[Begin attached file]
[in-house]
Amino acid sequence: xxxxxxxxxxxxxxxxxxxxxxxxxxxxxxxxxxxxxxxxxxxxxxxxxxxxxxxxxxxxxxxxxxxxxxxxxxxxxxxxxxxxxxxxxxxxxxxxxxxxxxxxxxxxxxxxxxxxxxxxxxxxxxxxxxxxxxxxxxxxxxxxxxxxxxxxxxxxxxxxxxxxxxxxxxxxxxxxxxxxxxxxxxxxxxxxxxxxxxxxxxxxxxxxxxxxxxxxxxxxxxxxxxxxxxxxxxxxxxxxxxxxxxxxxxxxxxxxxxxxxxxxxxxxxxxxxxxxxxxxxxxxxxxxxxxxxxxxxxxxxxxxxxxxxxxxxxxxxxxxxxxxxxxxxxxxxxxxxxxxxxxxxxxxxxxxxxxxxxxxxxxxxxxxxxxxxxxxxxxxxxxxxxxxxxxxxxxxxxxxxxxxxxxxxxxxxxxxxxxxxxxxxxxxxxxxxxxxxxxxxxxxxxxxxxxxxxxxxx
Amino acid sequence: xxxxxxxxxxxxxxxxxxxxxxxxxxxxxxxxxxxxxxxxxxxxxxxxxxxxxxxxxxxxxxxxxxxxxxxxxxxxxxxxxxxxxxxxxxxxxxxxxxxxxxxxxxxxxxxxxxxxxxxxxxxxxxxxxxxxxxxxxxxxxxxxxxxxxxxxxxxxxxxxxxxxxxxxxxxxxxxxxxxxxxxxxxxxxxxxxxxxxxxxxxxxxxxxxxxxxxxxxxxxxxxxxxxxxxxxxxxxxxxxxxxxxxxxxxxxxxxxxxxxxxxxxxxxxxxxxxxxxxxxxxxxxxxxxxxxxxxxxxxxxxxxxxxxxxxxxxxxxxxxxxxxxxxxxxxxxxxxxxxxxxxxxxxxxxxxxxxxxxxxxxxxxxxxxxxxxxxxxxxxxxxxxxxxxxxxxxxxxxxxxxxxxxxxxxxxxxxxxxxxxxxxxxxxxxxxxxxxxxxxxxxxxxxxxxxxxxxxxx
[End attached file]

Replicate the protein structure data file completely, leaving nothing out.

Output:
[in-house]
Amino acid sequence: xxxxxxxxxxxxxxxxxxxxxxxxxxxxxxxxxxxxxxxxxxxxxxxxxxxxxxxxxxxxxxxxxxxxxxxxxxxxxxxxxxxxxxxxxxxxxxxxxxxxxxxxxxxxxxxxxxxxxxxxxxxxxxxxxxxxxxxxxxxxxxxxxxxxxxxxxxxxxxxxxxxxxxxxxxxxxxxxxxxxxxxxxxxxxxxxxxxxxxxxxxxxxxxxxxxxxxxxxxxxxxxxxxxxxxxxxxxxxxxxxxxxxxxxxxxxxxxxxxxxxxxxxxxxxxxxxxxxxxxxxxxxxxxxxxxxxxxxxxxxxxxxxxxxxxxxxxxxxxxxxxxxxxxxxxxxxxxxxxxxxxxxxxxxxxxxxxxxxxxxxxxxxxxxxxxxxxxxxxxxxxxxxxxxxxxxxxxxxxxxxxxxxxxxxxxxxxxxxxxxxxxxxxxxxxxxxxxxxxxxxxxxxxxxxxxxxxxxxx
Amino acid sequence: xxxxxxxxxxxxxxxxxxxxxxxxxxxxxxxxxxxxxxxxxxxxxxxxxxxxxxxxxxxxxxxxxxxxxxxxxxxxxxxxxxxxxxxxxxxxxxxxxxxxxxxxxxxxxxxxxxxxxxxxxxxxxxxxxxxxxxxxxxxxxxxxxxxxxxxxxxxxxxxxxxxxxxxxxxxxxxxxxxxxxxxxxxxxxxxxxxxxxxxxxxxxxxxxxxxxxxxxxxxxxxxxxxxxxxxxxxxxxxxxxxxxxxxxxxxxxxxxxxxxxxxxxxxxxxxxxxxxxxxxxxxxxxxxxxxxxxxxxxxxxxxxxxxxxxxxxxxxxxxxxxxxxxxxxxxxxxxxxxxxxxxxxxxxxxxxxxxxxxxxxxxxxxxxxxxxxxxxxxxxxxxxxxxxxxxxxxxxxxxxxxxxxxxxxxxxxxxxxxxxxxxxxxxxxxxxxxxxxxxxxxxxxxxxxxxxxxxxxx